Ardern may need ongoing security as true extent of threats is revealed


Jacinda Ardern is likely to require an unprecedented level of security for a former New Zealand prime minister given the extent of the abuse and threats she faced while in office.

Ongoing police protection for retired leaders is unusual in New Zealand, where politicians are able to revert to life as a private citizen once they retire. But Ardern, who announced her shock departure last week and formally resigned on Wednesday, was the target of some of the darkest and most extreme online abuse, according to research by the University of Auckland.

Former New Zealand prime minister Jacinda Ardern may need unprecedented security now she has left office.

Former New Zealand prime minister Jacinda Ardern may need unprecedented security now she has left office.Credit:Getty Images

“The vitriol is, quite frankly, off the charts,” said Paul Buchanan, a former intelligence and defence policy analyst who was a consultant to US security agencies. “The threats to her will not go away simply because she steps down. Some of these people are capable of taking violent action against her.”

Buchanan believes New Zealand’s Diplomatic Protection Service, a specialised arm of the police responsible for security, will assess the risk to Ardern and her family and provide 24-hour security for the foreseeable future.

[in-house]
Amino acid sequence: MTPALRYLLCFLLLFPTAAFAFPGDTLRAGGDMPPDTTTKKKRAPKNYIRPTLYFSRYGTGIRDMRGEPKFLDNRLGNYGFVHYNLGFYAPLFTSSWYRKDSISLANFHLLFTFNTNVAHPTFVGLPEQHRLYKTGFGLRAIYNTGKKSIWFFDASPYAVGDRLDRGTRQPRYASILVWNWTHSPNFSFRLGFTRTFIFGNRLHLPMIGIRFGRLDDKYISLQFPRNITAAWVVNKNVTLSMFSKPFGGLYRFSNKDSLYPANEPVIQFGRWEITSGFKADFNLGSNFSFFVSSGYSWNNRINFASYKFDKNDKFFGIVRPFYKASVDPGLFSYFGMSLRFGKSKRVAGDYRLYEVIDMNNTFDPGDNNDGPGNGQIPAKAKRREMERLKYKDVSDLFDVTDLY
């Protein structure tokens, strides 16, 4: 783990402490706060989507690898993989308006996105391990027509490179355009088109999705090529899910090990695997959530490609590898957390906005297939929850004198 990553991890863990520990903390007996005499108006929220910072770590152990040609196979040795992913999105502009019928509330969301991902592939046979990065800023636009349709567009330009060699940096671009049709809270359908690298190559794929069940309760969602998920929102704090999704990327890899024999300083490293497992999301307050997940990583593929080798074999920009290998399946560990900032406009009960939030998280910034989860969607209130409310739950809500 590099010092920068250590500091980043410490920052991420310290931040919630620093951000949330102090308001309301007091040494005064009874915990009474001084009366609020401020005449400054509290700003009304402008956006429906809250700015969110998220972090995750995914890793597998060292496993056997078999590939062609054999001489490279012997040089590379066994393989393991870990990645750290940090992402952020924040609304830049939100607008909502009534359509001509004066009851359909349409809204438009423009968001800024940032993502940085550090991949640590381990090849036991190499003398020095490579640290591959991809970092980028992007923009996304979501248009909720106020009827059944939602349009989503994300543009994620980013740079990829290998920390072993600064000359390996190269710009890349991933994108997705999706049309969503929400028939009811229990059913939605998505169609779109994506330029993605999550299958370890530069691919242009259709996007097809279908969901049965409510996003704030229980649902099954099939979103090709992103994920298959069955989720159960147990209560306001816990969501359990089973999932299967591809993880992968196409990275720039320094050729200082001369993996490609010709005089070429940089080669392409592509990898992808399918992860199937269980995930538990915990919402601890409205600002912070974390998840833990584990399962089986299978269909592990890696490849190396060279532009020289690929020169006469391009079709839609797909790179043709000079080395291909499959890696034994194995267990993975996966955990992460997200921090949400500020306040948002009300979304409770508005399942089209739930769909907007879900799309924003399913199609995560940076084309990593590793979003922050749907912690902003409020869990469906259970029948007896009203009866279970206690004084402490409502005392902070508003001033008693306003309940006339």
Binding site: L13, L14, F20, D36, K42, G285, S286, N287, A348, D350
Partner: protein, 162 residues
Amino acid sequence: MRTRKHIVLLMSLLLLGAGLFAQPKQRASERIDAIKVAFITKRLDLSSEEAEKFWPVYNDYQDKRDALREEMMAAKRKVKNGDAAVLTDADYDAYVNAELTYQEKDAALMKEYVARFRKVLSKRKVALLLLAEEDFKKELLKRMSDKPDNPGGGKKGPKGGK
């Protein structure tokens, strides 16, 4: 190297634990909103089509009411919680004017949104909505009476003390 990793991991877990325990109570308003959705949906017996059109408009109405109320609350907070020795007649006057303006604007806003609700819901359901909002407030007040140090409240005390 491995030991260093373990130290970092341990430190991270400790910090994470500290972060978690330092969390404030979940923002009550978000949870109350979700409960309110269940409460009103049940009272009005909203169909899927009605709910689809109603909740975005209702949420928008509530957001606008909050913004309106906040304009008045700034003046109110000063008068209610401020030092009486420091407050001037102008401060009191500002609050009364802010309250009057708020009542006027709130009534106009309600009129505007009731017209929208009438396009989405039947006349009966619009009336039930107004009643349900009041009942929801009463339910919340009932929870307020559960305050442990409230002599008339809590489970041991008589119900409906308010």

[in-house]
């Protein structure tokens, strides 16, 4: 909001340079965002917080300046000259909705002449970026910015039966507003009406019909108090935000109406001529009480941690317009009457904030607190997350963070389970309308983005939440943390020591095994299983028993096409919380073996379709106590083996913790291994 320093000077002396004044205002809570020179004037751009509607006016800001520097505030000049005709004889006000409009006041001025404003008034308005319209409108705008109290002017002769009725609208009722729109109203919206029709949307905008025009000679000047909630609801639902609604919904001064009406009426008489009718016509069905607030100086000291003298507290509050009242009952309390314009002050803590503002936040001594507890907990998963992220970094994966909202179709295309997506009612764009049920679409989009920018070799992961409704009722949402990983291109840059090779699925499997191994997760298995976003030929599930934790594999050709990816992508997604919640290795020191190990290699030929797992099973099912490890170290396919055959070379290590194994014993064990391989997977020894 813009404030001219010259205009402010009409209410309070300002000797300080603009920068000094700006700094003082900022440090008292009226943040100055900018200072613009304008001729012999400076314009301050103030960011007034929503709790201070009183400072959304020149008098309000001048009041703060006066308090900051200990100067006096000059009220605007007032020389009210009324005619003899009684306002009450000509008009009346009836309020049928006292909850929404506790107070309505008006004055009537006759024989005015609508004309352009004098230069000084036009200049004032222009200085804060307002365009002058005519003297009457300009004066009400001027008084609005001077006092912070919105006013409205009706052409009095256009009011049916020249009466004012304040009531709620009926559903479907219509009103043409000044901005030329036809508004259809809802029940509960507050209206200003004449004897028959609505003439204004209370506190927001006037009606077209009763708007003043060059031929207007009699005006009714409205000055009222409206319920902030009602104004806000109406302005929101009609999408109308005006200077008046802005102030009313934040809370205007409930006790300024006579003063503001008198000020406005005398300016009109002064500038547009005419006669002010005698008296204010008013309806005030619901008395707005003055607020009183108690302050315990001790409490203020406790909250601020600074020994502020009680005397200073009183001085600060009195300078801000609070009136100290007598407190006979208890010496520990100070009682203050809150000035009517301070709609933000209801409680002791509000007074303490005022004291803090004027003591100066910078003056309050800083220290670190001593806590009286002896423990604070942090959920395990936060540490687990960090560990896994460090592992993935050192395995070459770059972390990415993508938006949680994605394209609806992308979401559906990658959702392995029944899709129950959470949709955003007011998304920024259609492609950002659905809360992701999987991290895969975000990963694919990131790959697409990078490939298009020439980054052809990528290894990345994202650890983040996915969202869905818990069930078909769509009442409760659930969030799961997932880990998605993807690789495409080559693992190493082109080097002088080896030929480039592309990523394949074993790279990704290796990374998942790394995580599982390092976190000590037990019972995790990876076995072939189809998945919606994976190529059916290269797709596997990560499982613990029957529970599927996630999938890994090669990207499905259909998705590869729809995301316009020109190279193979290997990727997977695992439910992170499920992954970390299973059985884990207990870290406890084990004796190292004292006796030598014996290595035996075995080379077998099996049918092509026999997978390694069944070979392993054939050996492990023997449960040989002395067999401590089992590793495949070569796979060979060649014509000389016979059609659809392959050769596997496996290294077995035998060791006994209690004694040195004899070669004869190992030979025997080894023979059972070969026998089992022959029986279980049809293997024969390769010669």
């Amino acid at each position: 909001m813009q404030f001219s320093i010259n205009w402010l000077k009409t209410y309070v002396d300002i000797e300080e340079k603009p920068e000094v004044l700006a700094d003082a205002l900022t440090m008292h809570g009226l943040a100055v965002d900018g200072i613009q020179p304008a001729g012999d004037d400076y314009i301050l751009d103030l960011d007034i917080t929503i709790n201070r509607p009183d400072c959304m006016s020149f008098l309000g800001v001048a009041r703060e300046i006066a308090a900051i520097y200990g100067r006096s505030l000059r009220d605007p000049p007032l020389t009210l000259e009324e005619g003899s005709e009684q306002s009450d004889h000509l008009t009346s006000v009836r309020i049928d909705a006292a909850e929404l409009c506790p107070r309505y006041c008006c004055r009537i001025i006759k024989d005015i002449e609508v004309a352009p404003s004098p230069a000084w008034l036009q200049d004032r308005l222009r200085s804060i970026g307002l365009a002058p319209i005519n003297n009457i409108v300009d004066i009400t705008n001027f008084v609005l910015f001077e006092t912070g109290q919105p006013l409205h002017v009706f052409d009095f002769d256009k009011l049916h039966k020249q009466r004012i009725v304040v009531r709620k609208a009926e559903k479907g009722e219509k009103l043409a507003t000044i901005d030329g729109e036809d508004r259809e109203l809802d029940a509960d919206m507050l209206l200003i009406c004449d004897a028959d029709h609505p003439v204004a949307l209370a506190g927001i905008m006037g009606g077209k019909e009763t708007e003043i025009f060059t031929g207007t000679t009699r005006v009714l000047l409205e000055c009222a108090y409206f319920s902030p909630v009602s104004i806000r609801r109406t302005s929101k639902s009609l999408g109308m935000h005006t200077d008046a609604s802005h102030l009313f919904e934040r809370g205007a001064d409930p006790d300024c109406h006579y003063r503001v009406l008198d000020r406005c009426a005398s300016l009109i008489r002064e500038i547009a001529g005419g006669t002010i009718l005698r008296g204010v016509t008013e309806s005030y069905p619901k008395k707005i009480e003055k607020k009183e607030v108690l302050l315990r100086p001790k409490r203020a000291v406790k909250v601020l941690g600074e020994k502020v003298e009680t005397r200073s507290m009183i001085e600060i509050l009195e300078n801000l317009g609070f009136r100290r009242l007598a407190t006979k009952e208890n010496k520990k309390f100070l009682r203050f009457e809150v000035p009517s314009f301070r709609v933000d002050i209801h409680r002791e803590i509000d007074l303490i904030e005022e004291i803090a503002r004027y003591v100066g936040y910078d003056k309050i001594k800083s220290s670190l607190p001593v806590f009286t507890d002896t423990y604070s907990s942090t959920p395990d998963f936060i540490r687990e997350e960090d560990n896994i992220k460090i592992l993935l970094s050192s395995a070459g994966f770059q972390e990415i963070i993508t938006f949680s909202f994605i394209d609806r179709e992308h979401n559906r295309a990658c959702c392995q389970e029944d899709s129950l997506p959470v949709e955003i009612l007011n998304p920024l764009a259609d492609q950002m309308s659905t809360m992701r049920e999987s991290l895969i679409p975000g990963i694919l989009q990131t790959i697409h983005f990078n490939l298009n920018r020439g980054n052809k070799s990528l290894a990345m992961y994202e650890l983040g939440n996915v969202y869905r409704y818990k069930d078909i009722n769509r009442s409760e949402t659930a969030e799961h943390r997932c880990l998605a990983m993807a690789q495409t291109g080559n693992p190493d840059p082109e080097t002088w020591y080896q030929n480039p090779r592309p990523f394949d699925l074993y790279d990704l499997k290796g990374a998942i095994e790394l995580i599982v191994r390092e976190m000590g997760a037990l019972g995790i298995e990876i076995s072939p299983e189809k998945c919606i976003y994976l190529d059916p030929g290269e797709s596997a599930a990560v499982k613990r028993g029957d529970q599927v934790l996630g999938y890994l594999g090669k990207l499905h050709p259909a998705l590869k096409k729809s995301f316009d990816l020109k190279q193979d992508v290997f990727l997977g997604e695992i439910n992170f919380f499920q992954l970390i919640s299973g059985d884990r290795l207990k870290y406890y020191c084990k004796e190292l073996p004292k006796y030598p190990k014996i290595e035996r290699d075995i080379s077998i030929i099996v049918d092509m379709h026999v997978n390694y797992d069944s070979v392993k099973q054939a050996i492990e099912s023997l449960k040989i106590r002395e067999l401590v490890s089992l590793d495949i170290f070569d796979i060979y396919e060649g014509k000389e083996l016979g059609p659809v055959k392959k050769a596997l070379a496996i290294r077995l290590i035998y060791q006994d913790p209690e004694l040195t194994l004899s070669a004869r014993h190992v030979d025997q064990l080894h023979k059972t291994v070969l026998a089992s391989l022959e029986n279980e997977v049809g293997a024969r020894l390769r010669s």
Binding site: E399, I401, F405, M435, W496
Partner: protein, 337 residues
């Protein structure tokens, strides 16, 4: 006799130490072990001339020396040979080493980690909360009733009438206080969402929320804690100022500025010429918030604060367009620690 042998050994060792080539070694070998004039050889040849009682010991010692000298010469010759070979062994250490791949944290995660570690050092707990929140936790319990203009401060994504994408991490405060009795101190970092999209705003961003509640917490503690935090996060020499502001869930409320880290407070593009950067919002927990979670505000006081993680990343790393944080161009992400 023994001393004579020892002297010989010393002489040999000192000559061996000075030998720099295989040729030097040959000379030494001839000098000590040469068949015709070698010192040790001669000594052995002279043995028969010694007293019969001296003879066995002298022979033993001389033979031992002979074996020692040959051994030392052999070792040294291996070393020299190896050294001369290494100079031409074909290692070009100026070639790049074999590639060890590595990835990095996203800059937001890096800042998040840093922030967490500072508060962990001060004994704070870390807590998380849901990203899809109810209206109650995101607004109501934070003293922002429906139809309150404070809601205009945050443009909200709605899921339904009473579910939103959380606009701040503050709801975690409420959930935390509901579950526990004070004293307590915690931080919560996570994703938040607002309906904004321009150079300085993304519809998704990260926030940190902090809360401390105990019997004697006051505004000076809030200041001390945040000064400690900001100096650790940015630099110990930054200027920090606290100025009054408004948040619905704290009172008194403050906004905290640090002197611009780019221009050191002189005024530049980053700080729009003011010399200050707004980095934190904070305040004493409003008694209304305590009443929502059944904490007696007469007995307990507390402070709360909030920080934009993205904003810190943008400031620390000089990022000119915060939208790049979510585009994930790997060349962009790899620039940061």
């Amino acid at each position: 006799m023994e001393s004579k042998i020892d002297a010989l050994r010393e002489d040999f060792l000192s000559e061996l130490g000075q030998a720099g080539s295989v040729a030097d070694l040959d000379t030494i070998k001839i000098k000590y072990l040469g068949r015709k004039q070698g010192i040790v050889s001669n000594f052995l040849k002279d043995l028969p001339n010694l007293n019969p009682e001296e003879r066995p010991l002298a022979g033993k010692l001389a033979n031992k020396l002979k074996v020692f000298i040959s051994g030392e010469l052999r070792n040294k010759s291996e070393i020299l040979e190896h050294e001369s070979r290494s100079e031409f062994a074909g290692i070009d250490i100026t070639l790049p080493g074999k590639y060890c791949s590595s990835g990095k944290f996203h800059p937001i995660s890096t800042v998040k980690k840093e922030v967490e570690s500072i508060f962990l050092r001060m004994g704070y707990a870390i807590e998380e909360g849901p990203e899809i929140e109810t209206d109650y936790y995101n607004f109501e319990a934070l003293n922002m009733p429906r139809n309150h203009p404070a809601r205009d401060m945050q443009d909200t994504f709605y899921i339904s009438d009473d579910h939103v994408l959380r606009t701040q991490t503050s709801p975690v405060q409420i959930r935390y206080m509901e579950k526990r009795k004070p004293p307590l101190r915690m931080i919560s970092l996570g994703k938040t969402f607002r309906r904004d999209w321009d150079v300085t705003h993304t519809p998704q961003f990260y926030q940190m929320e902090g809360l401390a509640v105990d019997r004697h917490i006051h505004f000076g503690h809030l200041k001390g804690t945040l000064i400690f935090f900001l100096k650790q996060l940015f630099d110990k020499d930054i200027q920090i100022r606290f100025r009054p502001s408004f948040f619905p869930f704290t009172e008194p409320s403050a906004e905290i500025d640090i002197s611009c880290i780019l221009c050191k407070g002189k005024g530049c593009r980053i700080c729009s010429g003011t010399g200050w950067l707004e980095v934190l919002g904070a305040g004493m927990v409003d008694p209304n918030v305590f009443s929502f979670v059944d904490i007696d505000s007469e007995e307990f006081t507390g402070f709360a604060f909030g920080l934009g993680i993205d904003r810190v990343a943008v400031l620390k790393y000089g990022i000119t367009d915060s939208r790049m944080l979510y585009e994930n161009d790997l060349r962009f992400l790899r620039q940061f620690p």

Chris Hipkins, who formally succeeded Ardern as prime minister Wednesday in Wellington, has declined to comment on security arrangements for the former leader while describing some of the treatment she received as “abhorrent.”



University of Auckland researchers analysed posts from online platforms including Gab, 4chan, Telegram, Reddit and 8kun dating back to 2019 that mentioned Ardern and six other high-profile male and female officials from across the New Zealand political spectrum.

Ardern was found to have faced between 50 and 90 times more online vitriol than any of the others. She was mentioned in more than 18,000 posts, with 5,438 classified as strongly negative, angry, sexually explicit or toxic. The research also found the abusive messages increased in the second half of last year.

“I draw the conclusion that misogyny was a key part of it,” said Chris Wilson, senior lecturer in politics and international relations at the University of Auckland. Ardern attracted backlash for being a left-wing woman in power who “symbolically or otherwise was taking a number of steps to undermine structures of patriarchy, racial hierarchies and structures within society,” he said.

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